Victims of pension scams lost an average of £91,000 each in 2017, with 253 victims reporting a total loss of £23 million to national reporting centre ActionFraud.
Separate research from the Money Advice Service found that there could be as many as eight scam calls every second – equivalent to 250 million calls per year.
These findings come as UK regulators the Financial Conduct Authority (FCA) and The Pensions Regulator (TPR) launch a television campaign to warn people about the problem, particularly targeting those in their forties, fifties and sixties. They are also calling for people to ensure the pension firm they deal with is regulated.
Fraudsters typically approach targets by call, text, or on social media offering free pension reviews. Industry experts estimate that as many as one in 10 transfer requests could be scams. The full scale of the problem is still not yet known, with many scams going unreported.
Former pensions minister, Baroness Ros Altmann, has long lobbied for a ban on pensions cold calling. She told HR magazine that while she welcomed the campaign, more could be done.
"The scourge of scams is growing and the government’s proposals and campaigns are welcome, but they don’t go far enough, in my view, to actually tackle the problem head-on. I believe that all cold calls about pensions should be banned and the use of any leads obtained from cold calls must also be banned. That means that the FCA must instruct all regulated pension firms that they are not permitted to sell any products to people who have come to them via a cold call," she said.
Altmann also called for greater regulation of cold callers.
"Currently, the rules rely on catching cold callers (many of whom are based overseas) after they have already caused the damage. They rely on the inadequate powers of the ICO [Information Commissioner’s Office] whereas using the product regulator as well would mean those who gather people’s names and numbers from cold calls would not easily be able to sell those leads. That would be far more effective in protecting workers from losing their pensions in a scam."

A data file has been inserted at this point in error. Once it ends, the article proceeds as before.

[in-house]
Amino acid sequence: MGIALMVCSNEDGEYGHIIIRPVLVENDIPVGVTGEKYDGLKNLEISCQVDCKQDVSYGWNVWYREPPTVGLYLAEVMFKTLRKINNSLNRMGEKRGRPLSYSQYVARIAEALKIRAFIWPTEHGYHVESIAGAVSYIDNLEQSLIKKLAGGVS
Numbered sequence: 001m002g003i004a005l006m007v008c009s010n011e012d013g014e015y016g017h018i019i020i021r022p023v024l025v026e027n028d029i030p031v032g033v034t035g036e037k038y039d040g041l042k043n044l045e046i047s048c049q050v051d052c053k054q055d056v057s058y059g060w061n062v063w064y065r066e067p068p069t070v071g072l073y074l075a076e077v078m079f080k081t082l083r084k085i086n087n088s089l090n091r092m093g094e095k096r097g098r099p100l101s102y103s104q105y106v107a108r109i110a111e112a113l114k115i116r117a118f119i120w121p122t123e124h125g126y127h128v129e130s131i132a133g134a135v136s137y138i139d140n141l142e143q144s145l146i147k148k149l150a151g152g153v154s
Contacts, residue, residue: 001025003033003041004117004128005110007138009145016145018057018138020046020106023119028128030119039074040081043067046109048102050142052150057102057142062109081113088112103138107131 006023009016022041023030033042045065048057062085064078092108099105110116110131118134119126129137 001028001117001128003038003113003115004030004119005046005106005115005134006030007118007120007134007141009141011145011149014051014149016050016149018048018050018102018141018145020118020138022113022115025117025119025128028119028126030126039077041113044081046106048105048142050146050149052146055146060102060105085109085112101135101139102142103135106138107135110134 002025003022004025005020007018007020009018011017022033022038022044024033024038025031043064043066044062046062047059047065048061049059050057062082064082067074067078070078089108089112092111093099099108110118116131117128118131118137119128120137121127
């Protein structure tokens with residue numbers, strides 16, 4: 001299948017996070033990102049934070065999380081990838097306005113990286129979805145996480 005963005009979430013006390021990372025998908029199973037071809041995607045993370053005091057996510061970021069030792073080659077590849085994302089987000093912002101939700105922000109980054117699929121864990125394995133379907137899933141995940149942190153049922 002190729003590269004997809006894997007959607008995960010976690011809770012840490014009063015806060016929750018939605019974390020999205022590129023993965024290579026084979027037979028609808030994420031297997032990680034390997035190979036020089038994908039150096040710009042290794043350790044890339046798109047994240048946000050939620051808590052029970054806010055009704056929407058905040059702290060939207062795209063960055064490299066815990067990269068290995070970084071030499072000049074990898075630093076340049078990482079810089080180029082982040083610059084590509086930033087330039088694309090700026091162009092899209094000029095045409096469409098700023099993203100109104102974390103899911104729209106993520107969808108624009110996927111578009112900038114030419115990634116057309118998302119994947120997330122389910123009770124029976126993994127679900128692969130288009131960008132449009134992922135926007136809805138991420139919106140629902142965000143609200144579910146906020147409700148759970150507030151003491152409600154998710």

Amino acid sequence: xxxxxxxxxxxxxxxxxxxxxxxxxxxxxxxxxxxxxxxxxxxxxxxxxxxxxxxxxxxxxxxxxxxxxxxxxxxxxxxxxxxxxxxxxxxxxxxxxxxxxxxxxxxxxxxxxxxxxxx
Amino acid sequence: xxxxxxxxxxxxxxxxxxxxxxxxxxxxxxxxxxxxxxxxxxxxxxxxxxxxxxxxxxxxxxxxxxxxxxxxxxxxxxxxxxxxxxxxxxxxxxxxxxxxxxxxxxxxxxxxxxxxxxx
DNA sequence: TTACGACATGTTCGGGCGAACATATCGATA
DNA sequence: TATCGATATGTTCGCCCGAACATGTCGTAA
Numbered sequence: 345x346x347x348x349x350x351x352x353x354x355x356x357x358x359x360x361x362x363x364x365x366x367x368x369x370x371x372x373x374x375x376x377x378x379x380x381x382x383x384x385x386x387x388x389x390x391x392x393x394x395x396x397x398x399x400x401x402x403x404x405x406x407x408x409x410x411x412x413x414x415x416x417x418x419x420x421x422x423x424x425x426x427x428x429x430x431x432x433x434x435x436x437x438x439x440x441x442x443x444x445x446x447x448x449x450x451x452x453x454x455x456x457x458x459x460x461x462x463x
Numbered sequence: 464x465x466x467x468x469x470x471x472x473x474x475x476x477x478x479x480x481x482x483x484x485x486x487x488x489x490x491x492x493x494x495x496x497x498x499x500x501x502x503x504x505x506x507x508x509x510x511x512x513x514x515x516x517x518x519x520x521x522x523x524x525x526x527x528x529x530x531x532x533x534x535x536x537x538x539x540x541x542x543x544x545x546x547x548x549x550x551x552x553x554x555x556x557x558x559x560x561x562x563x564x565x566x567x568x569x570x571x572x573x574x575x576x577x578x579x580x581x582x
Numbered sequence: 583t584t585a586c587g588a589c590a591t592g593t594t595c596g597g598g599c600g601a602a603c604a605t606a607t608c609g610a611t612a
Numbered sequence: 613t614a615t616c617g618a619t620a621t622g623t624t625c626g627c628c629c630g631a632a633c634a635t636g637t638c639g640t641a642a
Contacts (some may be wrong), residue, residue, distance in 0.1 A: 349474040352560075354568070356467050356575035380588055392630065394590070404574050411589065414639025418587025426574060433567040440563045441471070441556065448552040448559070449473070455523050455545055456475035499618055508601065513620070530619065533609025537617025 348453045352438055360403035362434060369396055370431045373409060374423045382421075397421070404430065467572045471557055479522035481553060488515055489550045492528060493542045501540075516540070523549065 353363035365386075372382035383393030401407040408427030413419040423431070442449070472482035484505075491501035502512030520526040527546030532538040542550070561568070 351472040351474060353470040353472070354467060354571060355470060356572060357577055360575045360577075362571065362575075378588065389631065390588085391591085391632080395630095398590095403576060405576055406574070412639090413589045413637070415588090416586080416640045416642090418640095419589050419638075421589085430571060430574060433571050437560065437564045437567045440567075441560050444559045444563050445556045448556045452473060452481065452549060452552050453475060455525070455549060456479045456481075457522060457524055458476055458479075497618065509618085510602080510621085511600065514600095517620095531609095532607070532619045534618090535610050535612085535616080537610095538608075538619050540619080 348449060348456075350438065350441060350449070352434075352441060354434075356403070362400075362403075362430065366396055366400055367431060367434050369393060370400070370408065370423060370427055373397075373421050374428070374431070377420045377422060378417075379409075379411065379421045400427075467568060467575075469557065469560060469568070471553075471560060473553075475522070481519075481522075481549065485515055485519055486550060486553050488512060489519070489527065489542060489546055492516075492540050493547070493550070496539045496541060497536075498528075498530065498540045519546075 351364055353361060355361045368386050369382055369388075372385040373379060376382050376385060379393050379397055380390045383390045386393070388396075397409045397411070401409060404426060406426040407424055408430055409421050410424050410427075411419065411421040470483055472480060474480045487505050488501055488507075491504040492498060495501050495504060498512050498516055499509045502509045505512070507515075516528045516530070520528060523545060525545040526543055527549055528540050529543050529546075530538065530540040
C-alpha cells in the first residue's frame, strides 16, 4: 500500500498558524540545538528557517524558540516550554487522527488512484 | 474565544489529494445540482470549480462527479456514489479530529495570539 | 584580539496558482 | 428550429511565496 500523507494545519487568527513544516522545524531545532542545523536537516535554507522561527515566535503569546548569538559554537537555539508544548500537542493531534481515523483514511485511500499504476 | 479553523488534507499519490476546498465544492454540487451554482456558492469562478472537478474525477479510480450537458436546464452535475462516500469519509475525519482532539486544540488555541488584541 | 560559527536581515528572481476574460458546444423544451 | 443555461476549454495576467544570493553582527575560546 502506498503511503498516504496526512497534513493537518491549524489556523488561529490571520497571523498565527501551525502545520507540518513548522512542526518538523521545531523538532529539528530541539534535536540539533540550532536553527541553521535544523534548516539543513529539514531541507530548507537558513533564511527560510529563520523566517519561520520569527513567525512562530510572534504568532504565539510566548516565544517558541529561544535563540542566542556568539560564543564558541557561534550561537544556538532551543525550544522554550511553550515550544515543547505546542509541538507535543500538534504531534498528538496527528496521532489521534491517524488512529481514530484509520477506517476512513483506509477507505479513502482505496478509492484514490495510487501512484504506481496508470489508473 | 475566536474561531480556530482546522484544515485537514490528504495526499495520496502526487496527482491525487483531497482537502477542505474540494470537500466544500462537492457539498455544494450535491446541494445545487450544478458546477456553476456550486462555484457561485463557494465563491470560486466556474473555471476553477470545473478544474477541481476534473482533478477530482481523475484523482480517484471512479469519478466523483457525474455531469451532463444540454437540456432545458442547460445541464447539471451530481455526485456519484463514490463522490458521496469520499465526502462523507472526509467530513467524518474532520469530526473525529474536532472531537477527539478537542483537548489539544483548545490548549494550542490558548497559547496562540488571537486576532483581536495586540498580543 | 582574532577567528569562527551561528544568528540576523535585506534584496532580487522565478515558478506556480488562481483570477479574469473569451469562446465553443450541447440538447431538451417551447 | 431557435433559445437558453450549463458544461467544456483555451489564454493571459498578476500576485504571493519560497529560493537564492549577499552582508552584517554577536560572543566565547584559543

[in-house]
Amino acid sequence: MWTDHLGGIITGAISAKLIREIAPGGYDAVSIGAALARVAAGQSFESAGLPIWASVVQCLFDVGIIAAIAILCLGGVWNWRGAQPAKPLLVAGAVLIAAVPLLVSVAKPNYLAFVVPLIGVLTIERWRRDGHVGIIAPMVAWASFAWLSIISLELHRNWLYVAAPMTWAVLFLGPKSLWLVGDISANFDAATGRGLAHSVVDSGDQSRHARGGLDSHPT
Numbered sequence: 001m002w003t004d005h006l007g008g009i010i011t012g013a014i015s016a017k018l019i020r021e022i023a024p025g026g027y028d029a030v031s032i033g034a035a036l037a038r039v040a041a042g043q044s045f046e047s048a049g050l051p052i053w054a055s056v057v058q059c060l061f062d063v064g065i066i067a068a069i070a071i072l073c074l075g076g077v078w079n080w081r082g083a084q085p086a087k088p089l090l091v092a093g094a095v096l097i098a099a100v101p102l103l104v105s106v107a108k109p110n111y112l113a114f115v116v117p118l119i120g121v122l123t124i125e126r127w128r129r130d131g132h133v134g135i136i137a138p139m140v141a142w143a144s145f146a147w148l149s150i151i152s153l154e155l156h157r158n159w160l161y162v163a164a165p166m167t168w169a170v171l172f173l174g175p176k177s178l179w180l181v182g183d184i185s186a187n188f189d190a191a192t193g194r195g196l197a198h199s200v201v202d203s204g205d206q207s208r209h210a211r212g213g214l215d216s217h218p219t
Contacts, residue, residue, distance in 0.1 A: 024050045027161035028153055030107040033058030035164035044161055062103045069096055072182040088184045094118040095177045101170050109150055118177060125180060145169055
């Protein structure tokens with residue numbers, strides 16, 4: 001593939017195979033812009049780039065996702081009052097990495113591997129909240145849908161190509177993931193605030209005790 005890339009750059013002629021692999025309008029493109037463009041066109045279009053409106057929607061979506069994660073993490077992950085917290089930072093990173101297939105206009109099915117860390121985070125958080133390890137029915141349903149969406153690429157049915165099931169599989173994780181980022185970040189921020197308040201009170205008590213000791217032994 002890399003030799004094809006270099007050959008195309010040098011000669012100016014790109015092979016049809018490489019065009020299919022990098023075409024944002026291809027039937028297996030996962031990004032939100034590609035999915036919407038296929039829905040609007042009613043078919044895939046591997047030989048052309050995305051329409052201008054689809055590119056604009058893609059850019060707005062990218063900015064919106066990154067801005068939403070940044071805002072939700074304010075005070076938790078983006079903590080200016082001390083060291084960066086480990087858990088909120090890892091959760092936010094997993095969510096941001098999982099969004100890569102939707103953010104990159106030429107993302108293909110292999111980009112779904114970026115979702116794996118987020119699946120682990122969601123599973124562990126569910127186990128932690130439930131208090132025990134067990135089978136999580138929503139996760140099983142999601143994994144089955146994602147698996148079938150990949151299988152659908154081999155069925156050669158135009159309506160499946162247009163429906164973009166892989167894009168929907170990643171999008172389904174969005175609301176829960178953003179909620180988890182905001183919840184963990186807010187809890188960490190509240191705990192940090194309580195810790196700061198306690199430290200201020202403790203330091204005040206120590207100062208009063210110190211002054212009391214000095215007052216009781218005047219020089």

She said that employers could help to highlight the problem in the workforce.
"Employers can help highlight the problem of answering cold calls. No reputable company should cold call you about your pension – if you get an unsolicited call, just hang up. If you get a text or email – just delete it. Those are important messages."
Caroline Abrahams, director of Age UK, called the scams 'truly shocking' and said the government and regulators must act quickly.
"Scamming someone out of their pension is not just stealing their money, but potentially stealing the future for which they had worked and planned, so these statistics are truly shocking. A ban on pension cold calls is on its way, but it’s been a long time coming – the government must act quickly to put this in place before many others lose their pensions," she said.
“We know that scams are difficult, probably impossible to eliminate because when one loophole is plugged, the fraudsters move on to another. So the government, regulators and law enforcement need to be vigilant and prepared to act quickly to close down other investment scams as they arise."
There has been a surge in pension scams since 2015; when new rules made it easier for people to access their pension pots.
Nathan Long, senior pension analyst at Hargreaves Lansdown, believes these changes have left people vulnerable to fraudsters. "Rule changes that gave huge freedom to retirees have also inadvertently given fraudsters the pension equivalent of the keys to the sweet shop,” he said.